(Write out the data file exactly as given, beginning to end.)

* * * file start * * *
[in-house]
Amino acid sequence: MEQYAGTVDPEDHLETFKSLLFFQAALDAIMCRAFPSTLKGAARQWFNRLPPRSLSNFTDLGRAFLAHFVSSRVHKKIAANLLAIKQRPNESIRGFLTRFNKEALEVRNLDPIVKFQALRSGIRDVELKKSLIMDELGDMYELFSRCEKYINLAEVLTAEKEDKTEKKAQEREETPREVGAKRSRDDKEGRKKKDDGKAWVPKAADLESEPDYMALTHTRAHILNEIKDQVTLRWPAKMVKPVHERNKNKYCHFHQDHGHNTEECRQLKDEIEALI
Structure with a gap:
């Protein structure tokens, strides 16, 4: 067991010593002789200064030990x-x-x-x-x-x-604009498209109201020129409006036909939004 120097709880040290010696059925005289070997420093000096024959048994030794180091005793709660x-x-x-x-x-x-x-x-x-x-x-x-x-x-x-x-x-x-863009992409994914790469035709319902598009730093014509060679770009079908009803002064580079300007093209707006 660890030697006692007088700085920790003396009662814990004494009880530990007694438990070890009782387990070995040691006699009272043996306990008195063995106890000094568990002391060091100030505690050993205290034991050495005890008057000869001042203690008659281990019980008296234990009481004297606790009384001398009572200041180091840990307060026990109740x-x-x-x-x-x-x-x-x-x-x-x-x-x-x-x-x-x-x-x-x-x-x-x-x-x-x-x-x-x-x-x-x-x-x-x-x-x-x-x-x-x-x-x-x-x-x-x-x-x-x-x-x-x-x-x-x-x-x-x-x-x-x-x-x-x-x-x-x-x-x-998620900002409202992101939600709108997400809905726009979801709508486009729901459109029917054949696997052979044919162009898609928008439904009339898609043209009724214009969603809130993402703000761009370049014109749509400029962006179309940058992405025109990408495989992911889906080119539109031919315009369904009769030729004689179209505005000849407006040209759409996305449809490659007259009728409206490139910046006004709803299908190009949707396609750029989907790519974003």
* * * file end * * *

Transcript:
[in-house]
Amino acid sequence: MEQYAGTVDPEDHLETFKSLLFFQAALDAIMCRAFPSTLKGAARQWFNRLPPRSLSNFTDLGRAFLAHFVSSRVHKKIAANLLAIKQRPNESIRGFLTRFNKEALEVRNLDPIVKFQALRSGIRDVELKKSLIMDELGDMYELFSRCEKYINLAEVLTAEKEDKTEKKAQEREETPREVGAKRSRDDKEGRKKKDDGKAWVPKAADLESEPDYMALTHTRAHILNEIKDQVTLRWPAKMVKPVHERNKNKYCHFHQDHGHNTEECRQLKDEIEALI
Structure with a gap:
């Protein structure tokens, strides 16, 4: 067991010593002789200064030990x-x-x-x-x-x-604009498209109201020129409006036909939004 120097709880040290010696059925005289070997420093000096024959048994030794180091005793709660x-x-x-x-x-x-x-x-x-x-x-x-x-x-x-x-x-x-863009992409994914790469035709319902598009730093014509060679770009079908009803002064580079300007093209707006 660890030697006692007088700085920790003396009662814990004494009880530990007694438990070890009782387990070995040691006699009272043996306990008195063995106890000094568990002391060091100030505690050993205290034991050495005890008057000869001042203690008659281990019980008296234990009481004297606790009384001398009572200041180091840990307060026990109740x-x-x-x-x-x-x-x-x-x-x-x-x-x-x-x-x-x-x-x-x-x-x-x-x-x-x-x-x-x-x-x-x-x-x-x-x-x-x-x-x-x-x-x-x-x-x-x-x-x-x-x-x-x-x-x-x-x-x-x-x-x-x-x-x-x-x-x-x-x-x-998620900002409202992101939600709108997400809905726009979801709508486009729901459109029917054949696997052979044919162009898609928008439904009339898609043209009724214009969603809130993402703000761009370049014109749509400029962006179309940058992405025109990408495989992911889906080119539109031919315009369904009769030729004689179209505005000849407006040209759409996305449809490659007259009728409206490139910046006004709803299908190009949707396609750029989907790519974003």